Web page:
Luxemburgische Zeitgeschichte

Why do historians collect new sources? War Experiences in Luxembourg. The Second World War and Today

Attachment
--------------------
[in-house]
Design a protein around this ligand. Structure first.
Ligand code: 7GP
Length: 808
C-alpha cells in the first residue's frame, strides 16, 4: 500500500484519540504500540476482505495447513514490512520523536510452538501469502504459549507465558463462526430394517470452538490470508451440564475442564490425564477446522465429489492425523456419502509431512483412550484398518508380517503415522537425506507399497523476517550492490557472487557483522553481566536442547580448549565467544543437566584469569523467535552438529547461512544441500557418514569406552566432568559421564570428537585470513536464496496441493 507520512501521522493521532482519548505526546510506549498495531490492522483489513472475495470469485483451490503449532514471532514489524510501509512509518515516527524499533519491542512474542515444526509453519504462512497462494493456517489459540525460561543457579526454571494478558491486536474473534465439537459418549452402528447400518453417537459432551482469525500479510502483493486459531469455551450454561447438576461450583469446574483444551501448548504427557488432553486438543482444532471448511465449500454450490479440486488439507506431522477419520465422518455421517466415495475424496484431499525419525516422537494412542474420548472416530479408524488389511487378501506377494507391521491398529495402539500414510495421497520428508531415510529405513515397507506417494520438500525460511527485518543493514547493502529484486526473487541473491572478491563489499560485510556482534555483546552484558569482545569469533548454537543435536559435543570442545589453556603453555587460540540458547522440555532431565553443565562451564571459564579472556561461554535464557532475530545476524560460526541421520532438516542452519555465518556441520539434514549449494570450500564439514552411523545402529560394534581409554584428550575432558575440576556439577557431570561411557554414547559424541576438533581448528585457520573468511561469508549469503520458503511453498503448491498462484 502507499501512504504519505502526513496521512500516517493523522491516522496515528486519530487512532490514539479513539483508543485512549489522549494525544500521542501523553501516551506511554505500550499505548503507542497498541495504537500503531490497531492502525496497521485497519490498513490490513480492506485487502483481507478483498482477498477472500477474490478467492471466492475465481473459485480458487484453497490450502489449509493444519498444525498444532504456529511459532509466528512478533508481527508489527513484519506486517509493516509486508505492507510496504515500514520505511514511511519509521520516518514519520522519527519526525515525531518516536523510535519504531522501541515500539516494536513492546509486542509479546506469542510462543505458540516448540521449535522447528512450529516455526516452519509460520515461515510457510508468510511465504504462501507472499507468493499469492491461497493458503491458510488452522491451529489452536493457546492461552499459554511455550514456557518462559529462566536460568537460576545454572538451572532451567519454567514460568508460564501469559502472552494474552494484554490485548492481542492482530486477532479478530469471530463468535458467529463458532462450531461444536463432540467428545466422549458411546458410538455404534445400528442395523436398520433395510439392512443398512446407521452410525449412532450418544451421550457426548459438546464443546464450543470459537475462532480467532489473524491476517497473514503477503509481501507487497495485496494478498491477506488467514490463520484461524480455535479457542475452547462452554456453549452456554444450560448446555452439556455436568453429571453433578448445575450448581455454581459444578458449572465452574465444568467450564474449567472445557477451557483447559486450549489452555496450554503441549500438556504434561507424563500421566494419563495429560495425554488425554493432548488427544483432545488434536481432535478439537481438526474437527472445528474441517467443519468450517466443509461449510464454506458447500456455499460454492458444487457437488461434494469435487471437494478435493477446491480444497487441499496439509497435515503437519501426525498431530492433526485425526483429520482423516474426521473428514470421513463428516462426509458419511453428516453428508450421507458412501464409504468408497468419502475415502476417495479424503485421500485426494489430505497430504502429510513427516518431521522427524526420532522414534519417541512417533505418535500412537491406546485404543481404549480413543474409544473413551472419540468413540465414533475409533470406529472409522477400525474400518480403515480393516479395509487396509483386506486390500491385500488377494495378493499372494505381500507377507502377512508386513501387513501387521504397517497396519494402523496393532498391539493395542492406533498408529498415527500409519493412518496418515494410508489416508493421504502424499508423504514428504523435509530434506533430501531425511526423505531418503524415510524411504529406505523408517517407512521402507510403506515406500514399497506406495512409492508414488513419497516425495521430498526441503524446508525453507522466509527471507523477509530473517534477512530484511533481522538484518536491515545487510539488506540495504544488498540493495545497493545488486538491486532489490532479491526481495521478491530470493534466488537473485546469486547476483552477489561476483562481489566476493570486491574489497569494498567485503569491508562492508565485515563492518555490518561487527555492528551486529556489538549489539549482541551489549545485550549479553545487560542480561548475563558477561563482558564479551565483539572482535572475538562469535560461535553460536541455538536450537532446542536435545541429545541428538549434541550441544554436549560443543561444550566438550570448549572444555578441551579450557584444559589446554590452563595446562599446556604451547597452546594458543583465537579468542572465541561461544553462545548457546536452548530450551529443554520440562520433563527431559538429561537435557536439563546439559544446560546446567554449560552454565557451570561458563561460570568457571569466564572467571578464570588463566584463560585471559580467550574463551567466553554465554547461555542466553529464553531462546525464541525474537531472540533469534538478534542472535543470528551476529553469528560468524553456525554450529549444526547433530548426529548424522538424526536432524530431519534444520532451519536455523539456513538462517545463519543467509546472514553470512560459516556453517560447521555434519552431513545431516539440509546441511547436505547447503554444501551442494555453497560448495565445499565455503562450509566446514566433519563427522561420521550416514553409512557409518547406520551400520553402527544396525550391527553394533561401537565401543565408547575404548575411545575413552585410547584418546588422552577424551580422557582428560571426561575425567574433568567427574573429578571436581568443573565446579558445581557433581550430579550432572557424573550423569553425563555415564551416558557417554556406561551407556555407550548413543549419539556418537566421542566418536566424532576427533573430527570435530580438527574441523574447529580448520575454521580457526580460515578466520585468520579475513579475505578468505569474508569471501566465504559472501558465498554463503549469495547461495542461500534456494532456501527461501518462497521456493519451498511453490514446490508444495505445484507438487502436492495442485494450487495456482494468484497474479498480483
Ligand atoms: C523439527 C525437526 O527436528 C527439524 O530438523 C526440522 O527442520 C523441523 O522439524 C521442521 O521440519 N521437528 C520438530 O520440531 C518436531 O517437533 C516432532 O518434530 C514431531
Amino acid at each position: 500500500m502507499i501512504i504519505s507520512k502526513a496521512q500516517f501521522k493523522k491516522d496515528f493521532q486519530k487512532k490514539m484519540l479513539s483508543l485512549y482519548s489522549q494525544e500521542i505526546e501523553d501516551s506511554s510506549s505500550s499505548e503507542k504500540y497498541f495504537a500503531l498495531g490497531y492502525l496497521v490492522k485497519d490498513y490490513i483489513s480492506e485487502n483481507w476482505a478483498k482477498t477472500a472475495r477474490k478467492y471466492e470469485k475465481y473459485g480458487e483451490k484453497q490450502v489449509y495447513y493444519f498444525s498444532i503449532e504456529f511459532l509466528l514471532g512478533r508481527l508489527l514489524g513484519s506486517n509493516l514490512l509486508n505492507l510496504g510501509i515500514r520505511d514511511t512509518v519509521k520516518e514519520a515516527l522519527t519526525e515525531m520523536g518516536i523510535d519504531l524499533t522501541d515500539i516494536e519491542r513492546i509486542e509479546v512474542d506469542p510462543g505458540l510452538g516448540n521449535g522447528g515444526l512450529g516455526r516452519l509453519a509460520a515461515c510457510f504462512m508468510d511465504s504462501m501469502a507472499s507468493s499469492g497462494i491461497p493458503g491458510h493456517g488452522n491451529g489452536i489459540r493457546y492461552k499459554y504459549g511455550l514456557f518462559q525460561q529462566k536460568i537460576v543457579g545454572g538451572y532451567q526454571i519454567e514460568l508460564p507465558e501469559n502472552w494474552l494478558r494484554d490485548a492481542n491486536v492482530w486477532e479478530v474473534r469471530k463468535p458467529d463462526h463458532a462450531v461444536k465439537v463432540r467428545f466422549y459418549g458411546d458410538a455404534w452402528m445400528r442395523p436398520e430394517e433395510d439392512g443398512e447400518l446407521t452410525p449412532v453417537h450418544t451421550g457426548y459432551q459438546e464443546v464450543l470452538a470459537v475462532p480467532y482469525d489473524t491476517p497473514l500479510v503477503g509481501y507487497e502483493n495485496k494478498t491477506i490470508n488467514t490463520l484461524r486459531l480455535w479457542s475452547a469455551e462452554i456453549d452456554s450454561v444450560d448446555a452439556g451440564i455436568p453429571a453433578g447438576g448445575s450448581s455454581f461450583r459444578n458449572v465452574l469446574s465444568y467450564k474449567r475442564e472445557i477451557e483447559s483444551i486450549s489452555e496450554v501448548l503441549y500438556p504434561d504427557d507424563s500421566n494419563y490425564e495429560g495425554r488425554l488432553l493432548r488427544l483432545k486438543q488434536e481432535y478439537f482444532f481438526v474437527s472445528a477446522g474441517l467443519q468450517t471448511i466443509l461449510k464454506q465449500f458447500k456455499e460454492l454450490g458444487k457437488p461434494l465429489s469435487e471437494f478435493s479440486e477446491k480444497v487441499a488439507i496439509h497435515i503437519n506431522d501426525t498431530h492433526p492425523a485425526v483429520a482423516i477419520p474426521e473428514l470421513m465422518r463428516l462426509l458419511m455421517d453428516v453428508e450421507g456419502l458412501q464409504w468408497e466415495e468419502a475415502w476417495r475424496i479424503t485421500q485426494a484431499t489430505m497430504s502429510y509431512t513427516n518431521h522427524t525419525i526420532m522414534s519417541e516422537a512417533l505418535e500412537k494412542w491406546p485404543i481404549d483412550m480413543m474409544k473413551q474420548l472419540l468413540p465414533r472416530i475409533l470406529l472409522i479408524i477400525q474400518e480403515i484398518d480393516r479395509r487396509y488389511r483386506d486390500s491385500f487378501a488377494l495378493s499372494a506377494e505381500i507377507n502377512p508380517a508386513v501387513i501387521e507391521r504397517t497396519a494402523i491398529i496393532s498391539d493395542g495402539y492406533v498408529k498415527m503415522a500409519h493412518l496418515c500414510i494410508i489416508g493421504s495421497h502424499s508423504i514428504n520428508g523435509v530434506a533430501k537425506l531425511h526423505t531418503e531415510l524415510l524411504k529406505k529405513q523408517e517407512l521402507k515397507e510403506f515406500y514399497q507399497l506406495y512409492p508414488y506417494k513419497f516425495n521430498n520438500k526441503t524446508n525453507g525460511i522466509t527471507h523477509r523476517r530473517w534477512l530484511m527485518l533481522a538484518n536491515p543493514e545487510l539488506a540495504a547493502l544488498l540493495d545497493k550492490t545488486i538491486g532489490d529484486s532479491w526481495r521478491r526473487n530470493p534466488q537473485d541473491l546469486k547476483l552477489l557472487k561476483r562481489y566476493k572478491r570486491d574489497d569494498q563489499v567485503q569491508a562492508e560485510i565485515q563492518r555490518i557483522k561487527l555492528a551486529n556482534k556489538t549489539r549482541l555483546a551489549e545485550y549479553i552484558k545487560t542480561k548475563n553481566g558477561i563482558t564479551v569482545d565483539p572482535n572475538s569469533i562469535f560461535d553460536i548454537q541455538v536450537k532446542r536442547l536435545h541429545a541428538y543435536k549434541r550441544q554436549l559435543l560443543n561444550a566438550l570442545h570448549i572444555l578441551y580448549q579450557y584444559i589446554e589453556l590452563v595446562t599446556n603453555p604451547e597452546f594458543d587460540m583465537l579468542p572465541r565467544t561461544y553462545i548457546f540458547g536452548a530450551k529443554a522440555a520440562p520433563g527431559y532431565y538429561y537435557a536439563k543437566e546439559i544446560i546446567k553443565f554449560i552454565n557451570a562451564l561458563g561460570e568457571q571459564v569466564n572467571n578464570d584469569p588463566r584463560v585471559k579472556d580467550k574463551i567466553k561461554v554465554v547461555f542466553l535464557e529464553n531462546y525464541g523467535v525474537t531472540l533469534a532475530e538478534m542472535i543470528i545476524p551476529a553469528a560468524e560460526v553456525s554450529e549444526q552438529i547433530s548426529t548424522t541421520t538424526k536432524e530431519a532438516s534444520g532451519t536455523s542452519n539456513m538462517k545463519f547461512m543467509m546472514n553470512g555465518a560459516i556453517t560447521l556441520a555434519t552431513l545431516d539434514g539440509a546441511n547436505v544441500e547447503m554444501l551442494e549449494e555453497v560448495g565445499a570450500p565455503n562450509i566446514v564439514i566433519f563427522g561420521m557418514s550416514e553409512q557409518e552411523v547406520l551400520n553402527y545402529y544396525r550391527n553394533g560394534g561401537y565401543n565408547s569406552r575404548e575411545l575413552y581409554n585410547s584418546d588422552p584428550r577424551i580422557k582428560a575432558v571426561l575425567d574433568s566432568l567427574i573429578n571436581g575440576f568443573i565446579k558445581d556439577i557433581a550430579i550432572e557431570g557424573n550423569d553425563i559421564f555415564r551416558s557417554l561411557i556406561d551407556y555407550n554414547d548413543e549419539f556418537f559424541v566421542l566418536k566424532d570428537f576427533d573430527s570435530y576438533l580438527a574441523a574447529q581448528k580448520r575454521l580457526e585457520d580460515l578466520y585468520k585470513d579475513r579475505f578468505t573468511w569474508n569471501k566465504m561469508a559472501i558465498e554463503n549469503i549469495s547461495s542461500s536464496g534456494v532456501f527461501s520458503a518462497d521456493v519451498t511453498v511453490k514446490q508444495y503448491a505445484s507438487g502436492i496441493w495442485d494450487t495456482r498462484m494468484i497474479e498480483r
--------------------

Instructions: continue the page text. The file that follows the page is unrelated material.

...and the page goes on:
The military offensive launched by the Russian Federation against Ukraine in the early hours of 24 February 2022 and the ensuing war on Ukrainian territory have resulted in immense human suffering, a humanitarian tragedy and incalculable material damage. The violation of a country’s territorial integrity and sovereignty – an act in clear breach of the United Nations Charter – has shattered the shared framework of values and principles fostered by multilateralism after the Second World War in the hope of achieving world peace, while leading to an unprecedented outpouring of solidarity for Ukraine and the plight of its people from Western democracies and European and international organisations, including NATO, the UN, the European Union and the Council of Europe, and their Member States and private initiatives. As contemporary history is turned on its head, historians, driven by the duty of memory, are stepping up to explain the origins of the conflict, identify the various players, provide an objective analysis of the consequences, record the memories of eyewitnesses and victims – with oral history proving a precious tool –, preserve historical sources and, above all, reflect on the role that intellectual effort can play in paving the way for a return to peace in the new world order taking shape before our eyes.

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